George Dickel entered the whisky business in 1870 selling the whiskey made at the Cascade Hollow Distillery in Tullahoma, Tennessee. The whisky he sold was made using the ‘Lincoln County Process of filtering the new make spirit through a ten foot tall cylinder layered with sugar maple charcoal and wool blankets before entering the barrel for aging. This process lessened the acidity of the whisky and added a smoky character to the spirit. Dickel is said to have preferred whisky made in the winter as it was less oily and crisper in flavor. That was the Geo. A. Dickel’s Cascade Tennessee Whisky – “Mellow as Moonlight”. Notice that Dickel never used the “e” in the word “whisky”.

When Prohibition came to Tennessee in 1910, it caused the distillery to be moved to Louisville and the Dickel crew would make their Cascade Whisky at the A. Ph. Stitzel Distillery non days when Stitzel was not making product for himself. The charcoal mellowing vat was added to the Stitzel Distillery and Cascade Whisky was made there until prohibition shut down all production in 1920. After prohibition ended Schenley purchased the brand and continued to make Cascade Bourbon up till the 1960s. This whisky was not charcoal filtered. In the late 1950s Schenley rebuilt the Cascade Hollow distillery just down the road from the original site and started making Geo. A. Dickel No. 8 and No. 12.

Today we will be tasting a small batch version of Dickel that has been aged for 17 years. I am joined in this tasting by Sylvia Holden. Sylvia’s parents live across the street from me and she is very interested in expanding her experience with tasting whisky. She works at the Stitzel-Weller Distillery giving tours as a “Whiskey Specialist” so I thought it best to let her taste product made by Diageo and picked the Dickel.

Geo. A. Dickel Small Batch

Proof: 87

Age: 17 years old

Nose: I perceive some smoky notes with apples and vanilla and a hint of leather and oak. Sylvia detects apple or pear similar to the Asian pear with caramel or brown sugar. There is a smoky note and nutty tones – almonds?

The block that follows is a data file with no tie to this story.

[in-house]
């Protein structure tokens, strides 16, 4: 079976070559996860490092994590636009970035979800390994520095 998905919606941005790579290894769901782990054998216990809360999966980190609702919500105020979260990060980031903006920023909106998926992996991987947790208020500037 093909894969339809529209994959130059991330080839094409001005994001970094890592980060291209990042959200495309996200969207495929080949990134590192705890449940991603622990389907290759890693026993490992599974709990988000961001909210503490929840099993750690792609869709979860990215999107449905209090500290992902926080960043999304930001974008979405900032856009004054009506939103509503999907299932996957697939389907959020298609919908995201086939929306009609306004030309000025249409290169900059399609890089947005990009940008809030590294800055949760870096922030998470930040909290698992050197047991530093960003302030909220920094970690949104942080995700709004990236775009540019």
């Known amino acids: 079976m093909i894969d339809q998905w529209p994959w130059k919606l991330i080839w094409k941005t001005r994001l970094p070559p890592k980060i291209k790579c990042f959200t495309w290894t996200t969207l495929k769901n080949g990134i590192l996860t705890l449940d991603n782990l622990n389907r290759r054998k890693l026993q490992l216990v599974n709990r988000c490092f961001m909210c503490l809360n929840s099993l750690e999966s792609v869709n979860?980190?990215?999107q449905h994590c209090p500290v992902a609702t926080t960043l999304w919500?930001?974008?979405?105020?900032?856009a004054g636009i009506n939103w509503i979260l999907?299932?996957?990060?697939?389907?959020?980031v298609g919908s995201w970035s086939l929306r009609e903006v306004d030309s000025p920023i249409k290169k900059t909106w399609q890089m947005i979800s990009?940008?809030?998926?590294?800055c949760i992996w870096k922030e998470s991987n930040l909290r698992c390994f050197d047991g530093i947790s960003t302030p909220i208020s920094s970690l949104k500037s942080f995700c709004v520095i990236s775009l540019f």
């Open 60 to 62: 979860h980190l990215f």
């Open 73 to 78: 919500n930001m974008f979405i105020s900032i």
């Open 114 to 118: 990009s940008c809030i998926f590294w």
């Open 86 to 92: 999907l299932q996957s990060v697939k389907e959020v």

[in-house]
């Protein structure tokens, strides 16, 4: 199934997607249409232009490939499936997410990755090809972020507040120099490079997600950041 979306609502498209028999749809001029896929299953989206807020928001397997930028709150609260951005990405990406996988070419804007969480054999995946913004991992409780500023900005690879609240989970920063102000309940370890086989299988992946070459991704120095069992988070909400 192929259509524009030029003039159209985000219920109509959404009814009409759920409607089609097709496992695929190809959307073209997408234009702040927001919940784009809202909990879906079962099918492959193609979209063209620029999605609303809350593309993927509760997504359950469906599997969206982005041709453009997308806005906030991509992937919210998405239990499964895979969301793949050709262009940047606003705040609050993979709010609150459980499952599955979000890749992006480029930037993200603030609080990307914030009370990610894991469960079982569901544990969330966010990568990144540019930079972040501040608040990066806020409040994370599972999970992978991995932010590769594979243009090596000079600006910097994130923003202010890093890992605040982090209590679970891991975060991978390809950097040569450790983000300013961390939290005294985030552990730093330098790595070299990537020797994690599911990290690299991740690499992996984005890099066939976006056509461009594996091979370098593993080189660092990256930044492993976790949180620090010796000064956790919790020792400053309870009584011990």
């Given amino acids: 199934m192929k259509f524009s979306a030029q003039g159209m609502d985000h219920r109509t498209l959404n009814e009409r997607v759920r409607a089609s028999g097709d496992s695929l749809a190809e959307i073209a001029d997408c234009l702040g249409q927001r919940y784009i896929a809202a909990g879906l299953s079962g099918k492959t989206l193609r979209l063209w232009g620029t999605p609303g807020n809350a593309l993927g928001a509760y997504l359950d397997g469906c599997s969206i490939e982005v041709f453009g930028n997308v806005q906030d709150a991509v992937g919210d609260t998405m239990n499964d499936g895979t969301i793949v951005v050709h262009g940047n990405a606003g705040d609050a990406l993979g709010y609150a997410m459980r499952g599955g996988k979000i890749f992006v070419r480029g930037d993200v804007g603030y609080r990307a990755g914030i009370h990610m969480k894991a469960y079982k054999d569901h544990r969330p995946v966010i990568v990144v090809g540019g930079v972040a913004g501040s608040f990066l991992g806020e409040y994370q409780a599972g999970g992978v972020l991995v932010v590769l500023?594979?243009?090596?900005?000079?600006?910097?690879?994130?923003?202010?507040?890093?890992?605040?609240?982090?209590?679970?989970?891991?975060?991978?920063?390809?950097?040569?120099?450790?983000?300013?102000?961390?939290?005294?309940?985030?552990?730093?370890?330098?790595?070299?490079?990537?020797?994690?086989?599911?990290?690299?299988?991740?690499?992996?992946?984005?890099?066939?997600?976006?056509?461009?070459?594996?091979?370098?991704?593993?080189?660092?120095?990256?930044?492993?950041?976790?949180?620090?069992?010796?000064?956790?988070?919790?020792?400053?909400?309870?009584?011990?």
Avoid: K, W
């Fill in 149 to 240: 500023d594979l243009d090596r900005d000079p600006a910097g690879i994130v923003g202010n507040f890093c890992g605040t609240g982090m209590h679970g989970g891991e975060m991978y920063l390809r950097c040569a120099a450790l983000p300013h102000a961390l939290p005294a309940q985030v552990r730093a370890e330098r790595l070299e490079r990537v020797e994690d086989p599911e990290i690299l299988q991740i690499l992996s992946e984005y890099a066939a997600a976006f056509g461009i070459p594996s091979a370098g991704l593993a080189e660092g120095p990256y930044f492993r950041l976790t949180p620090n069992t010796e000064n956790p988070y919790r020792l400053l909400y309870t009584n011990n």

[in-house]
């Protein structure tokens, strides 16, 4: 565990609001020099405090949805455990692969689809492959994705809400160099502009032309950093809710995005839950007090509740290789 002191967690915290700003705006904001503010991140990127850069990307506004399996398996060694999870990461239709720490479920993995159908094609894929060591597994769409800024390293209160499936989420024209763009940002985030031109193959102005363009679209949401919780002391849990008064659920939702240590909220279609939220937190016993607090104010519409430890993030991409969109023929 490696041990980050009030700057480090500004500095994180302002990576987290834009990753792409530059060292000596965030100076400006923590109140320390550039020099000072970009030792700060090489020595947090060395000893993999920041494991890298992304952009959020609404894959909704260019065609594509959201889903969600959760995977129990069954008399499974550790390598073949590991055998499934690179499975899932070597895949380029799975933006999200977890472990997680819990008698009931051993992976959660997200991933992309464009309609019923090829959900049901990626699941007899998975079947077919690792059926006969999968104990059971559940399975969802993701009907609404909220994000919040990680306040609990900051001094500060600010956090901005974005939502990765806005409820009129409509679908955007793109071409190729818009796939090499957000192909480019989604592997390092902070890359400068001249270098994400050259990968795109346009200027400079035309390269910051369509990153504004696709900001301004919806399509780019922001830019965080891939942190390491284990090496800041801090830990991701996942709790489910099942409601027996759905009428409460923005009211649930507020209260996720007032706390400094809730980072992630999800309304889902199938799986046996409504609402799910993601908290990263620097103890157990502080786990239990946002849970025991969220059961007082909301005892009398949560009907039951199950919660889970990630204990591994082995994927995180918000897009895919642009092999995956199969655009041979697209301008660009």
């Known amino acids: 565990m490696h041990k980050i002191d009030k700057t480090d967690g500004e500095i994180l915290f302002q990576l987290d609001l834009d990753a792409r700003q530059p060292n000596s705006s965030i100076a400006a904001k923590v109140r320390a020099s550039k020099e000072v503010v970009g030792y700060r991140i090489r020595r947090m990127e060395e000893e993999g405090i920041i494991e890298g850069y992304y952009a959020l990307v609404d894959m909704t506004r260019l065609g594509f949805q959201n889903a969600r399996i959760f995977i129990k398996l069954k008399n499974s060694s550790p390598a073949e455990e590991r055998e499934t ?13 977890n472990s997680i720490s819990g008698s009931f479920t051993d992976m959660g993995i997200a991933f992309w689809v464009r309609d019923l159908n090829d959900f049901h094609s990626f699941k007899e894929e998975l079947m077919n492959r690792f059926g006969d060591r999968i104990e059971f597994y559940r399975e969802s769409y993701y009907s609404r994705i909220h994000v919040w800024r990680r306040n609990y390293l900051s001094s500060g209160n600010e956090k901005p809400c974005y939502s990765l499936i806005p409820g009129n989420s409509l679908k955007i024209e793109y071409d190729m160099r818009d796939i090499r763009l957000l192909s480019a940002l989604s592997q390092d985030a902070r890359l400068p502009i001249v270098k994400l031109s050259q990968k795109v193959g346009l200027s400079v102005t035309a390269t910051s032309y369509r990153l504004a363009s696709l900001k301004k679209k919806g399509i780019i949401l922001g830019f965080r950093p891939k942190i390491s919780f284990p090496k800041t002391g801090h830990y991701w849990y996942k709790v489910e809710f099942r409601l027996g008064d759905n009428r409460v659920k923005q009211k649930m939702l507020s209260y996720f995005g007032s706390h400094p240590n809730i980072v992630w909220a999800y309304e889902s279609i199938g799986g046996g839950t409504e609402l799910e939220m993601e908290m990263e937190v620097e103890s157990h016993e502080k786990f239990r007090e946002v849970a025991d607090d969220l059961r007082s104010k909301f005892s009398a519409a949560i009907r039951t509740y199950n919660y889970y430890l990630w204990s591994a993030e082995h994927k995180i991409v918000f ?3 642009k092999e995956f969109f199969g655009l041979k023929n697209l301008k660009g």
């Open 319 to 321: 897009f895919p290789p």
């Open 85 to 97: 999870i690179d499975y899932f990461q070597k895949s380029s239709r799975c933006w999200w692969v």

Tasting:  I find ripe apples and smoke with some pepper spice and caramel. Sylvia tastes heat from the tannins – a peppery spice. Strong oak and persimmon fruit and maple syrup. With a dried cranberry I find takes the pepper down a notch but there is a hint of baking spices. Sylvia finds gets dried apricot and baking spices with the cranberry. With pecan I find a citrus note opens up and the spices are more baking spice and vanilla comes forward. Sylvia finds the pecan made the taste sharper and increased he peppery notes. She is finding more floral notes.

Finish: Long and dry with oak tannins and pepper spice. Sylvia gets a lot of menthol with oak barrel smoke and charcoal – very long lasting. I find the cranberry takes the finish into a sweeter start and removes the spice and oak. Sylvia finds the finish much shorter and eliminates the heat and spice. The pecan made the finish more oak and less smoke. Sylvia finds the pecan very pleasant and her favorite – a blend of spice, tannins and a crème brule notes.

Notes: This is a very good product and I enjoy this whisky. I find it to be a very nice balance of smoke and sweet flavors with a good finish. Sylvia states that she enjoyed the Dickel but is still a Bourbon Girl! I am going to enjoy this with a Padron 1964 anniversary cigar.

Photos Courtesy of Michael Veach